The financial circumstances of Baby Boomers are somewhat unique: “Today, four out of five seniors own their own home outright…Even as they do, they have a lower median income than any demographic group.” This is compounded by the fact that they might have two generations of dependents to take care of, the older of which have long since retired while the younger is still a few years away from being financially stable and able to live independently. Longer lifespans and changing cultural norms (whereby it is acceptable for recent college graduates to live at home for several additional years) mean that this could become the norm. In other words, “Sandwich Generation” might apply to those at or near retirement age for the foreseeable future.

While the financial options of the Sandwich Generation certainly aren’t limited to obtaining a reverse mortgage, it nonetheless is an attractive possibility for a few reasons. First of all, the main issue of those who fit the profile of the Sandwich Generation is one of liquidity; they are house-rich and cash-poor. While they might have enough cash to support themselves, they may not have enough to simultaneously support their parents and children. A reverse mortgage would provide them with ample cash to take care of their children until they are financially independent and their parents until they pass away.

Moreover, unlike other possible solutions, a reverse mortgage would allow the primary borrowers (and their kin) to remain in the same property even as they are drawing down its equity. This is a crucial benefit for Sandwich borrowers, since multiple generations are probably living under the same roof. For these borrowers, downsizing into a smaller home to free up available cash probably isn’t a realistic option.

Of course, reverse mortgages are not without risks and drawbacks, especially for the Sandwich Generation. Such borrowers are probably very close (or just past) the age of retirement, which means that they can expect to live another 20 years if they are healthy. While the the Reverse Mortgage would certainly enable them to help their parents and children for as long as they require such help, it would also expose their finances to considerable strain. 10 years later, they might have spent all of the proceeds from the reverse mortgage and exhausted a large portion of the equity in their homes, leaving them dangerously vulnerable in the event of a crisis (health or otherwise).

That is why it is vitally important that Sandwich Generation reverse mortgage borrowers (and all borrowers for that matter) to have solid financial plans which address not only their current financial situations but also their future circumstances. While it is admirable that borrowers would want to help support their loved ones, they must make sure that they have the means to first support themselves, now and in the future. It is not enough that a reverse mortgage will tide one over temporarily. Rather, borrowers must have the ability to continue to support themselves even after the reverse mortgage has exhausted itself.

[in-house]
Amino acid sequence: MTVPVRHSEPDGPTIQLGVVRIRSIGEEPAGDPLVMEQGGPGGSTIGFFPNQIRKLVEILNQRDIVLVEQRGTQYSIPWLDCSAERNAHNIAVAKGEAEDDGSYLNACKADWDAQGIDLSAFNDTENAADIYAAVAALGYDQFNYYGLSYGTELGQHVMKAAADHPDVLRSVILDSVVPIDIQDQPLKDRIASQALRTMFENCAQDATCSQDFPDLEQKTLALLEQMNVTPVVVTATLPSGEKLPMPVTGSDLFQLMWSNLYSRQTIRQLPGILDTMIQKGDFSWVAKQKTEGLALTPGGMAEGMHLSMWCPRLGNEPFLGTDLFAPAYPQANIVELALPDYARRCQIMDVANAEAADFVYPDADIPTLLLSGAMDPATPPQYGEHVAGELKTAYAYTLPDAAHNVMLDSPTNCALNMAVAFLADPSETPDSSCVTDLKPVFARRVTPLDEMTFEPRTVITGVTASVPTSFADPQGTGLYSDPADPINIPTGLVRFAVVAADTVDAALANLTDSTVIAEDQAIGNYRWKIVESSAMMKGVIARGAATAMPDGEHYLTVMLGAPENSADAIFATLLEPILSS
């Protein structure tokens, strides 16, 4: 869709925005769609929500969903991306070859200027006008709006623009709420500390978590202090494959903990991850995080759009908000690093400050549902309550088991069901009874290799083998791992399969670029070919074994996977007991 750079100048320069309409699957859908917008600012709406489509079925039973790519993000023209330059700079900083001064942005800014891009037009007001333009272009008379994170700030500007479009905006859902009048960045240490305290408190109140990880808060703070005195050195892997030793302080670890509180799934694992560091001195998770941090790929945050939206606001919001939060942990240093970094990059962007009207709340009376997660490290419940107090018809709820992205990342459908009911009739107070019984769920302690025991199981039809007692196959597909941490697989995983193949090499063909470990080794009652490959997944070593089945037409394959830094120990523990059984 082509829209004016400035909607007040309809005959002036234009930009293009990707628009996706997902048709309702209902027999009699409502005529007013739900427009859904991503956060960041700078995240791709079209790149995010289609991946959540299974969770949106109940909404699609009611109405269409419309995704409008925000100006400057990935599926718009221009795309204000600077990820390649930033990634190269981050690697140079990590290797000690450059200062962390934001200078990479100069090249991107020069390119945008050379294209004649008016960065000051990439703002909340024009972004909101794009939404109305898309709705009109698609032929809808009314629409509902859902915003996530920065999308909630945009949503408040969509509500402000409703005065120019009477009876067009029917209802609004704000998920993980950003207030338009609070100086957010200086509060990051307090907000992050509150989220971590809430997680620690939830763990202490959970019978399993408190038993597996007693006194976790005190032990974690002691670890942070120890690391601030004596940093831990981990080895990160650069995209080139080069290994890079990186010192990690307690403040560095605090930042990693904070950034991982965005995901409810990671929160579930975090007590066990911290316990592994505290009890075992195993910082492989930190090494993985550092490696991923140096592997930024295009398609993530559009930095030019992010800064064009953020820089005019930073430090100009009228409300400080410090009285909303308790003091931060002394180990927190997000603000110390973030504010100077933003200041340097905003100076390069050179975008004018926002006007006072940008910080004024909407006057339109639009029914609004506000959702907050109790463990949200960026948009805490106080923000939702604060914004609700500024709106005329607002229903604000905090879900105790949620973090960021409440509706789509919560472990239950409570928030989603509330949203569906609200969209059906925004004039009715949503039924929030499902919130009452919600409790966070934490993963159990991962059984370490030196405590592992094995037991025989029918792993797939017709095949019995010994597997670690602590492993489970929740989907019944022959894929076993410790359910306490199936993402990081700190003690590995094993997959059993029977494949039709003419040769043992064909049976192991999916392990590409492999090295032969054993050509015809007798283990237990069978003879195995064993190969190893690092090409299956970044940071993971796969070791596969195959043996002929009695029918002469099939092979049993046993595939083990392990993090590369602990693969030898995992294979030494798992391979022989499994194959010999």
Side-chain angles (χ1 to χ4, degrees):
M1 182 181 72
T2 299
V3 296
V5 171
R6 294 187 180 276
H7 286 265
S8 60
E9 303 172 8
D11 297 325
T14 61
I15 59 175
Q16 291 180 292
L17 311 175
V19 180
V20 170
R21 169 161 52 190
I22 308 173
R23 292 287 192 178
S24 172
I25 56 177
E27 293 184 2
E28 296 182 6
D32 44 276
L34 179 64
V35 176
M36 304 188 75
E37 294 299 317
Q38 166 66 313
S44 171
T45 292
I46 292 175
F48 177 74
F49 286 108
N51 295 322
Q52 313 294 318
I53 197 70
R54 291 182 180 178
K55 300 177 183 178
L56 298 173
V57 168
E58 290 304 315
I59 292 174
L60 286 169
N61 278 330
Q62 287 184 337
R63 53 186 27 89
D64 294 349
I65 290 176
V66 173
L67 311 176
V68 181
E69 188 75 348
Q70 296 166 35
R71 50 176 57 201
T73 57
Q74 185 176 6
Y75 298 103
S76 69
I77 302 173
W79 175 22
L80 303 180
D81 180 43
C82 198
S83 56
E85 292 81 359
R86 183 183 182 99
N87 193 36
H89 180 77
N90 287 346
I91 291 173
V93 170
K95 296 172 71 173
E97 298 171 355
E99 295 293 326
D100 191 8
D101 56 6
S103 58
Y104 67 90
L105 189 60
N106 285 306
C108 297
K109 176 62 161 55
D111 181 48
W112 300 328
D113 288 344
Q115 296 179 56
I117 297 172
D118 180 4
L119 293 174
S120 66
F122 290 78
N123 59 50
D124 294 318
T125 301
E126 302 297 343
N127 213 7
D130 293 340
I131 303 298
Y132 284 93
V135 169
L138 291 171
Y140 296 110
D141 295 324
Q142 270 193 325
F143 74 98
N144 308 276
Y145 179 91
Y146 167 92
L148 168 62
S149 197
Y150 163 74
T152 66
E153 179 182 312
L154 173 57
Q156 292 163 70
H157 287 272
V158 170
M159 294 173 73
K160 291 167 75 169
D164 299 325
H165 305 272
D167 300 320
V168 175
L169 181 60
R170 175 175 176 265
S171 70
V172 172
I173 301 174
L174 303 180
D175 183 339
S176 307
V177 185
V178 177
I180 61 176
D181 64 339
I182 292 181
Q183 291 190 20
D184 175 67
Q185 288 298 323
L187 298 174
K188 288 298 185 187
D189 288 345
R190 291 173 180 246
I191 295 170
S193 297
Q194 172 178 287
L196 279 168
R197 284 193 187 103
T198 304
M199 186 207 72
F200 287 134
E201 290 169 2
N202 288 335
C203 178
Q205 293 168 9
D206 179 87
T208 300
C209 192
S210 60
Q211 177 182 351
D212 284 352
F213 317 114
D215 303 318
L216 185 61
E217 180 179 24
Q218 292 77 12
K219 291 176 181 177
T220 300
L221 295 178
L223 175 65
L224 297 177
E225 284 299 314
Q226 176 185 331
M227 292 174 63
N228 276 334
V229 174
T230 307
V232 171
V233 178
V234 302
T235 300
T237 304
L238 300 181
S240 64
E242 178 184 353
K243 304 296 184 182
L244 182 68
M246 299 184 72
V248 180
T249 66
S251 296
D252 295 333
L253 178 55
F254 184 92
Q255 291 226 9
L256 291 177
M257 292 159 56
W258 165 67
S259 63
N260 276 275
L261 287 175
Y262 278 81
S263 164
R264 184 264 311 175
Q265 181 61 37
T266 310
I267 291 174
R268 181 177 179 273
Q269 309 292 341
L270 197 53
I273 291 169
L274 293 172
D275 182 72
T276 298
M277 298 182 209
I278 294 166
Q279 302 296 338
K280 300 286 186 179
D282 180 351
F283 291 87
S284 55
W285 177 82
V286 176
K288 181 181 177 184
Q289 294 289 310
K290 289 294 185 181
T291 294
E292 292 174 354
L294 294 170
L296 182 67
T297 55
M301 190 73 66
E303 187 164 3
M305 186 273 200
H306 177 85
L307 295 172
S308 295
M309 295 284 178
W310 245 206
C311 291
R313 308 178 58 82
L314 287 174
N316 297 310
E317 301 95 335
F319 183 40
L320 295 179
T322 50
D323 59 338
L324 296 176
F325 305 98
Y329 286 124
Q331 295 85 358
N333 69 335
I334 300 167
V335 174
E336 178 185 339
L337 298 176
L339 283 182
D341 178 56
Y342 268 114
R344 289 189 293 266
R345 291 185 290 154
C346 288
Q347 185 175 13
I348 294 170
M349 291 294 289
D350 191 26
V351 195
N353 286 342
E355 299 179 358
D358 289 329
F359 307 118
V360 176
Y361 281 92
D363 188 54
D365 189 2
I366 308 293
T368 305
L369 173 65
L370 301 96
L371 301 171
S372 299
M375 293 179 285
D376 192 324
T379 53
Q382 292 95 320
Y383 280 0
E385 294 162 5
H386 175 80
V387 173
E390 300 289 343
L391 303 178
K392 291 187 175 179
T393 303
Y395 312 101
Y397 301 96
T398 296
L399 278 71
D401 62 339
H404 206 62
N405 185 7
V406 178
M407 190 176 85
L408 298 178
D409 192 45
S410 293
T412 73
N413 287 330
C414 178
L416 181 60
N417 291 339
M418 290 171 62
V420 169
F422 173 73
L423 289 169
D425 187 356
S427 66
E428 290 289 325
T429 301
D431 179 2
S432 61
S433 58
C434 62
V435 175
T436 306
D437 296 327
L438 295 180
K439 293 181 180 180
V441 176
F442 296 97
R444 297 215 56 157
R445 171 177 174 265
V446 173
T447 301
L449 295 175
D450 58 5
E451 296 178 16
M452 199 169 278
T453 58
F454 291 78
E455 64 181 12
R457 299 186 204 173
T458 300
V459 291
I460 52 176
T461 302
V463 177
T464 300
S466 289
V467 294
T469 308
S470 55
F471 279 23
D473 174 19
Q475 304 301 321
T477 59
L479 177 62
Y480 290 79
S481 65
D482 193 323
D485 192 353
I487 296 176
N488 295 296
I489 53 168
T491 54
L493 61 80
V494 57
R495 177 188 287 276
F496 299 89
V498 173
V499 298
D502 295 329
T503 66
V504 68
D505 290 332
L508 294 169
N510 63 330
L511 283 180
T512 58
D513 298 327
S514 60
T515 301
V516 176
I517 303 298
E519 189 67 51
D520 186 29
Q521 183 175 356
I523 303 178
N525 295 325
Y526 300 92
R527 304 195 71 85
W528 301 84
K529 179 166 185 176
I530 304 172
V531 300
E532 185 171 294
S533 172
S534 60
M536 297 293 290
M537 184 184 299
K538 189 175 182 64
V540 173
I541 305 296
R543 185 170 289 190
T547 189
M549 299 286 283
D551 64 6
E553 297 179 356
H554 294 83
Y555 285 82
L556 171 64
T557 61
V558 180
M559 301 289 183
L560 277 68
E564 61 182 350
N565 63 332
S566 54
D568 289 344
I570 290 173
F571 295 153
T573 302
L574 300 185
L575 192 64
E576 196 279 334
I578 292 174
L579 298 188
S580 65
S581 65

For potential borrowers that pass this test and meet all of the other requisite criteria, a reverse mortgage is worthy of consideration.

The reverse mortgage rumor mills had been buzzing for months, and on October 4, the FHA finally unveiled its new Home Equity Conversion Mortgage (HECM) Saver product.

The HECM Saver is designed to solve two problems: the high costs of obtaining a reverse mortgage, and the potential insolvency of the FHA. In addressing the first issue, the HECM Saver can be obtained without an upfront insurance premium (actually it was reduced to .01% of the principal). To compensate, borrowers will be assessed a larger annual insurance premium (1.25%, compared to the former .5%), which will provide the FHA with ample reserves in the event of default.

The HECM Saver will feature principal limits that are 10-18% lower (depending on borrower age and prevailing interest rates) than the HECM Standard. Its redesign will probably make it more attractive to borrowers with shorter time frames. Previously, one had to worry about keeping a reverse mortgage for a certain number of years in order to rationalize the high upfront costs. Now, these costs will be limited to origination fees and the Service Fee Set Aside (SFSA), which some lenders are waiving or lowering anyway. For better or worse, this means that borrowers can now obtain (smaller) reverse mortgages concern for their time horizons.